FCA proposes 'significant reform' to insurance pricing and governance

Out-Law News | 22 Sep 2020 | 5:42 pm | 4 min. read

Home and motor insurers would be prevented from gradually increasing prices for existing customers over time under proposals put forward by the Financial Conduct Authority (FCA).

The FCA has proposed a package of remedies designed to ensure that customers receive fair value from their insurers following its market study of the home and motor insurance sector (32-page / 542KB PDF). Some of its proposals, which include enhanced product governance rules and making it easier for customers to opt out of automatic renewals, would apply to all general and 'pure protection' insurance products, not just home and motor insurance policies.

The proposals are designed to make the market more competitive and lower prices over the longer term, and could save consumers up to £3.7 billion over the next 10 years, according to the FCA. It is consulting on its proposals (152-page / 2.4MB PDF) until 25 January 2021, and will publish finalised new rules early next year.

Insurance law expert Iain Sawers of Pinsent Masons, the law firm behind Out-Law, said: "As anticipated and repeatedly signposted by the FCA over the past couple of years, the proposed remedies are focused on ensuring that customers receive fair value from their insurance policies".

Sawers Iain

Iain Sawers

Partner

We fully expect that insurers will welcome the clear guidance on pricing whilst still retaining the discretion to price products appropriately in accordance with the identified risk, the sales channels used and the needs of the target market.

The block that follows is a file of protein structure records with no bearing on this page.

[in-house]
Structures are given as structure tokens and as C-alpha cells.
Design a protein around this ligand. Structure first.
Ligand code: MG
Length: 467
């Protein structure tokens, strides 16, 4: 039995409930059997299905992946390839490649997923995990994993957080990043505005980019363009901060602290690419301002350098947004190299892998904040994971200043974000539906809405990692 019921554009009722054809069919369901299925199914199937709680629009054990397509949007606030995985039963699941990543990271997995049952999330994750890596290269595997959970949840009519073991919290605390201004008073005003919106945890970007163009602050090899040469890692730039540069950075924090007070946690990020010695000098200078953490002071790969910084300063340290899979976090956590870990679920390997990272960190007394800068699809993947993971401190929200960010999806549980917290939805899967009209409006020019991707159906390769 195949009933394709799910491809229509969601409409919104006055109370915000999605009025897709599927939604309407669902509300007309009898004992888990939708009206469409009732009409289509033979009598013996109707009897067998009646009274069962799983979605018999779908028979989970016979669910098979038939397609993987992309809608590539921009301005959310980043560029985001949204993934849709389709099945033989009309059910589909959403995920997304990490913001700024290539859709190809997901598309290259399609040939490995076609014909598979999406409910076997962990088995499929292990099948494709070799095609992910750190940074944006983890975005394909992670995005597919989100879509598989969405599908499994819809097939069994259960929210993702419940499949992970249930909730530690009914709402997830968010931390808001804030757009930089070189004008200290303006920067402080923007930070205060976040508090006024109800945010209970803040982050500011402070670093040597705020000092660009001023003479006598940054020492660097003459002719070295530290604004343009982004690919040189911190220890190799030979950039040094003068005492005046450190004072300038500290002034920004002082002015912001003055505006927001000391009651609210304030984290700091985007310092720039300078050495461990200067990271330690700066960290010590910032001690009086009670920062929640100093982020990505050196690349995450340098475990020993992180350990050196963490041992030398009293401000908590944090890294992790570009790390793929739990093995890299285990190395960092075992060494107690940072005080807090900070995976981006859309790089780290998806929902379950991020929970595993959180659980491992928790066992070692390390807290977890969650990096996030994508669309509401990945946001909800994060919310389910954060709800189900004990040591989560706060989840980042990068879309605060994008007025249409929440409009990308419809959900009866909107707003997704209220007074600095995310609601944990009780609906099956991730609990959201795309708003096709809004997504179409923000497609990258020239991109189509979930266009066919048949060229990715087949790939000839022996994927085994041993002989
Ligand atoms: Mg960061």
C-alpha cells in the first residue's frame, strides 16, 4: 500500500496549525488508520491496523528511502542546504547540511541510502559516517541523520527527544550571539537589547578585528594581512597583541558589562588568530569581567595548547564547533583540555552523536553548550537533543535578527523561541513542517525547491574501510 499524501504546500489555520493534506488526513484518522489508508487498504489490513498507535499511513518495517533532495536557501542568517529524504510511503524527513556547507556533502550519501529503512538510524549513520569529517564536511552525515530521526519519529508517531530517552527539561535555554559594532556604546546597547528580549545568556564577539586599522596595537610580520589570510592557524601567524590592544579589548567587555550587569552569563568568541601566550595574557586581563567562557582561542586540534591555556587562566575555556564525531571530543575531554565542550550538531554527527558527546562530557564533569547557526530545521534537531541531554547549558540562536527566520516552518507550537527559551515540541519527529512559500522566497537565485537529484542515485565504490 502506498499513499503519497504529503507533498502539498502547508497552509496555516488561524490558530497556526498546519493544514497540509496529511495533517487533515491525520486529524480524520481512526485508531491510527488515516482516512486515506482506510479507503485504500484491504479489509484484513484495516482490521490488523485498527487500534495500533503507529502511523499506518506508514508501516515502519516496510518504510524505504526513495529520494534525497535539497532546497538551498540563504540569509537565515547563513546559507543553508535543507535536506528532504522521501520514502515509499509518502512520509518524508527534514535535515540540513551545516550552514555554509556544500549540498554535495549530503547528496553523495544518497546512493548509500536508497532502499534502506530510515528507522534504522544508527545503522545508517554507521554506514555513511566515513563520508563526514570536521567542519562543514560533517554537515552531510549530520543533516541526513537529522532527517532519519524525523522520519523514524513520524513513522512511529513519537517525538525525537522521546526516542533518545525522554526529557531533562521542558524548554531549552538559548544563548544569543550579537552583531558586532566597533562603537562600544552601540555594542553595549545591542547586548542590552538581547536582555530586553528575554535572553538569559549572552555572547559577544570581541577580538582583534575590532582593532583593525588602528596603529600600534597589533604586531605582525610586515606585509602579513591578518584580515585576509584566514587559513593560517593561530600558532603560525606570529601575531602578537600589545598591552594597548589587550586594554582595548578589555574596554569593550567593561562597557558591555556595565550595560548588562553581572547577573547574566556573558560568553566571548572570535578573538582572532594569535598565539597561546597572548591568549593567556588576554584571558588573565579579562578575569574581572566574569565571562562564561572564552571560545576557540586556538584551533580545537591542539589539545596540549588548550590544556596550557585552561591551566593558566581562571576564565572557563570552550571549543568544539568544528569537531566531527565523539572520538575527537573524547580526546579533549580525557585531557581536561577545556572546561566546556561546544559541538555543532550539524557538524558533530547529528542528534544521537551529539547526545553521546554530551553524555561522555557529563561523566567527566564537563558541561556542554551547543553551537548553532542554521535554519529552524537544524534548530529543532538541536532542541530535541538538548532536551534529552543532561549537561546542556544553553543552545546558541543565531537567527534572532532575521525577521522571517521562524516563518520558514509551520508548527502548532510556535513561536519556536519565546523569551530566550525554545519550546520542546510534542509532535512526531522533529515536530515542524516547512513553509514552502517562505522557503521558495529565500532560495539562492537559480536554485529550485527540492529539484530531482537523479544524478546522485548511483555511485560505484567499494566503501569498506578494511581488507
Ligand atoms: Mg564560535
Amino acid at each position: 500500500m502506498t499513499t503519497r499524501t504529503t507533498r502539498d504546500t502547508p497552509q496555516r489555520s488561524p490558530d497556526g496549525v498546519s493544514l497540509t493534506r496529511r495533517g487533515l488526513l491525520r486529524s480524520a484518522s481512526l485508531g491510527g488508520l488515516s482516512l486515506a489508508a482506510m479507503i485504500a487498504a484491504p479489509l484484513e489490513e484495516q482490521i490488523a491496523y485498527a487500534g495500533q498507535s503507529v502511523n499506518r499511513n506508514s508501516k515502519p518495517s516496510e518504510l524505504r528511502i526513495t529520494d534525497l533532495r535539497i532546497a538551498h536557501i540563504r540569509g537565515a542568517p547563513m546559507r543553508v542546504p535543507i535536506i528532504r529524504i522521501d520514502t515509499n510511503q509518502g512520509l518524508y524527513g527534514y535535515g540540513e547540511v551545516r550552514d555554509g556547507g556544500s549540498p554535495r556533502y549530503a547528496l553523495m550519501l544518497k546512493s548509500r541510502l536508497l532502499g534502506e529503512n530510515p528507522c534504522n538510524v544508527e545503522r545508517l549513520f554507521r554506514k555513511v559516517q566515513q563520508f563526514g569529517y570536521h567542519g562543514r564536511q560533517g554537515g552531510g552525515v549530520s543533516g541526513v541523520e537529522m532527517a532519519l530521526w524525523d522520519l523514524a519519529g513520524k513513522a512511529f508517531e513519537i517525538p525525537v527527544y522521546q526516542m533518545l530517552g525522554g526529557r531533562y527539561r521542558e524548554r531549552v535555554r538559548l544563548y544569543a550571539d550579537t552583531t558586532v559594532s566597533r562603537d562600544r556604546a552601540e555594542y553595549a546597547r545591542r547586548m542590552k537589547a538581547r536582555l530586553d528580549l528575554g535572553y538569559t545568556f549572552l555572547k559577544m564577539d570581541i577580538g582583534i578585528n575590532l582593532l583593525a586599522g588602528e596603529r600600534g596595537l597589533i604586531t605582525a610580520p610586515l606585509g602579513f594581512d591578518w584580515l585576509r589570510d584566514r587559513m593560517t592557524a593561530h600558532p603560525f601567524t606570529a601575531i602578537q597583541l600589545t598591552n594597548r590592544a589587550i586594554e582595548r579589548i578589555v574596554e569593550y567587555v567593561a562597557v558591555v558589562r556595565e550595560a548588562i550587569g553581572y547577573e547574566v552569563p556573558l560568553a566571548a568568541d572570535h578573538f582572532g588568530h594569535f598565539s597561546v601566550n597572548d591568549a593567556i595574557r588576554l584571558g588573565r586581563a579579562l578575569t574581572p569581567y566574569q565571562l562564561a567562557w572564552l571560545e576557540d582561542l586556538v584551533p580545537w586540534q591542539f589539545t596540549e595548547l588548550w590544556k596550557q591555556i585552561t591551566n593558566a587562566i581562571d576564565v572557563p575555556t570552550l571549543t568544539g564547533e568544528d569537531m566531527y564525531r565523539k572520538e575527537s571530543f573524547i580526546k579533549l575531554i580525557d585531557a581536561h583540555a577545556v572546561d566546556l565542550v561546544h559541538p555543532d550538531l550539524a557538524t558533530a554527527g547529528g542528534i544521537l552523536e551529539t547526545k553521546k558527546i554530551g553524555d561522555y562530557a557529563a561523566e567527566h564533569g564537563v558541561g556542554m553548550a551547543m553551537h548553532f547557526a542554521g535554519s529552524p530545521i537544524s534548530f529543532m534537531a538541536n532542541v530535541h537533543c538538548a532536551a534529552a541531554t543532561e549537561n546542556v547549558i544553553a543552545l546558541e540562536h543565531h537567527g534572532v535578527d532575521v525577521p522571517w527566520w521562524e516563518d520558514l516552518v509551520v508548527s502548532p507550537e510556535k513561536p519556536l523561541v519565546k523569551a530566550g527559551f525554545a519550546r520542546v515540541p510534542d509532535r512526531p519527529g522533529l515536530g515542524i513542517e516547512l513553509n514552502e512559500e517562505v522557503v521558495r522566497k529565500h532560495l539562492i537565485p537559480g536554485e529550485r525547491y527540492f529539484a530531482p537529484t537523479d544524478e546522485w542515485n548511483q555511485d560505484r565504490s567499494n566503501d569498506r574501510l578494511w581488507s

"General insurers have, over the past few years, been striving to ensure that their product approval and monitoring processes deliver fair value to all customers but as the report identifies, more is expected of the industry. We fully expect that insurers will welcome the clear guidance on pricing whilst still retaining the discretion to price products appropriately in accordance with the identified risk, the sales channels used and the needs of the target market," he said.

The FCA began its formal home and motor insurance market study in late 2018, and published an interim report last year. It found that consumers who 'shopped around' for a new policy with a new insurer at renewal were able to take advantage of lower prices, but that some insurers used 'price walking' practices to gradually increase prices paid year on year by those who did not shop around.

Its report highlighted a 'loyalty penalty' of approximately 30% for motor insurance customers, with new customers paying an average of £285 for an annual policy while those who had been with the same provider for more than five years paid an average of £370. Those who had been with their home insurer for more than five years paid around £287 for combined building and contents insurance, 75% higher than the £165 paid by new customers.

The FCA is proposing that home and motor insurers be required to offer a renewal price no higher than the equivalent price that would be available to that customer if they were taking out a new policy through the same sales channel. It has, however, dropped some of the proposals put forward in its interim report, such as requiring firms to publish pricing strategies or disclose reasons for increased premiums on renewal, on the grounds that this would be disproportionate. It has also ruled out imposing a cap on the level of margin that a firm can earn from individual customers on the basis that this would not stop 'price walking' practices, and could leave some customers without insurance.